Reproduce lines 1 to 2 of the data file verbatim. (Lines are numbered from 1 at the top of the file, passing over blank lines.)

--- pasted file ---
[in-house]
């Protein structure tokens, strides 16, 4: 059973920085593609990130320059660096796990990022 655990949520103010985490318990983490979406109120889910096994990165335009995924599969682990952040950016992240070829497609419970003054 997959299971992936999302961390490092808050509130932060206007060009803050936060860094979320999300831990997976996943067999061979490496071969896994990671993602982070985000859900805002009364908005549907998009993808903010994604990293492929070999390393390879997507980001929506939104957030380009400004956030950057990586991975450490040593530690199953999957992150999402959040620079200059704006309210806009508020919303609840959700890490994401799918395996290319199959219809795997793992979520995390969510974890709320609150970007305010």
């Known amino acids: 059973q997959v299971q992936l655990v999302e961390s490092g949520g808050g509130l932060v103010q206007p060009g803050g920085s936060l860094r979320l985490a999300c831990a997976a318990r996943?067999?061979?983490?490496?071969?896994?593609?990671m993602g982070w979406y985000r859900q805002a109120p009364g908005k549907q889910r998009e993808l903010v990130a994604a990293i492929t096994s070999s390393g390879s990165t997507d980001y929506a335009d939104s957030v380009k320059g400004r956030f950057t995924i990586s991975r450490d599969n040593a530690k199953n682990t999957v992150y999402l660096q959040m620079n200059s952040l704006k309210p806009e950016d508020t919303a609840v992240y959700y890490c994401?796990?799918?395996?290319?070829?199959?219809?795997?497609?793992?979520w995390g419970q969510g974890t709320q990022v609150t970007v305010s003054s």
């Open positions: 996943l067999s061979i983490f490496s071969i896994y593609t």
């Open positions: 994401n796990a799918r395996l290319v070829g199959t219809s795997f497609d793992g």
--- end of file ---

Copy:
[in-house]
């Protein structure tokens, strides 16, 4: 059973920085593609990130320059660096796990990022 655990949520103010985490318990983490979406109120889910096994990165335009995924599969682990952040950016992240070829497609419970003054 997959299971992936999302961390490092808050509130932060206007060009803050936060860094979320999300831990997976996943067999061979490496071969896994990671993602982070985000859900805002009364908005549907998009993808903010994604990293492929070999390393390879997507980001929506939104957030380009400004956030950057990586991975450490040593530690199953999957992150999402959040620079200059704006309210806009508020919303609840959700890490994401799918395996290319199959219809795997793992979520995390969510974890709320609150970007305010």